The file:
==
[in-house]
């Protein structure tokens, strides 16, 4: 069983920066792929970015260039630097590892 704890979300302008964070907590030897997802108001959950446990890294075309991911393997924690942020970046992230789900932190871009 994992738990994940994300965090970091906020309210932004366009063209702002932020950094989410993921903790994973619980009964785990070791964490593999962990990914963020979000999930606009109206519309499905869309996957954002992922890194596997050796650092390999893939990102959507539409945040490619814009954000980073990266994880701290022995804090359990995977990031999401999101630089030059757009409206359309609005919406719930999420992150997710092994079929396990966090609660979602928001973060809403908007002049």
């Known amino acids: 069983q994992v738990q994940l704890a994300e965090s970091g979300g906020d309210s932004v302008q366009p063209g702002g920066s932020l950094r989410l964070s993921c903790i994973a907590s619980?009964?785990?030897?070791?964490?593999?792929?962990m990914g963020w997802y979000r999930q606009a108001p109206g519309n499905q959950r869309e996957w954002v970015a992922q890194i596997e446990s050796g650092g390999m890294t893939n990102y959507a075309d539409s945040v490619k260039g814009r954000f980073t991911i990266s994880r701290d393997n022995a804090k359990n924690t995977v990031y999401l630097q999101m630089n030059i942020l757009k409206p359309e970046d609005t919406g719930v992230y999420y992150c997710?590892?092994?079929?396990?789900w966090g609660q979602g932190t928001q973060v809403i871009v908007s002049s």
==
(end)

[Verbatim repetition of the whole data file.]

[in-house]
């Protein structure tokens, strides 16, 4: 069983920066792929970015260039630097590892 704890979300302008964070907590030897997802108001959950446990890294075309991911393997924690942020970046992230789900932190871009 994992738990994940994300965090970091906020309210932004366009063209702002932020950094989410993921903790994973619980009964785990070791964490593999962990990914963020979000999930606009109206519309499905869309996957954002992922890194596997050796650092390999893939990102959507539409945040490619814009954000980073990266994880701290022995804090359990995977990031999401999101630089030059757009409206359309609005919406719930999420992150997710092994079929396990966090609660979602928001973060809403908007002049």
């Known amino acids: 069983q994992v738990q994940l704890a994300e965090s970091g979300g906020d309210s932004v302008q366009p063209g702002g920066s932020l950094r989410l964070s993921c903790i994973a907590s619980?009964?785990?030897?070791?964490?593999?792929?962990m990914g963020w997802y979000r999930q606009a108001p109206g519309n499905q959950r869309e996957w954002v970015a992922q890194i596997e446990s050796g650092g390999m890294t893939n990102y959507a075309d539409s945040v490619k260039g814009r954000f980073t991911i990266s994880r701290d393997n022995a804090k359990n924690t995977v990031y999401l630097q999101m630089n030059i942020l757009k409206p359309e970046d609005t919406g719930v992230y999420y992150c997710?590892?092994?079929?396990?789900w966090g609660q979602g932190t928001q973060v809403i871009v908007s002049s």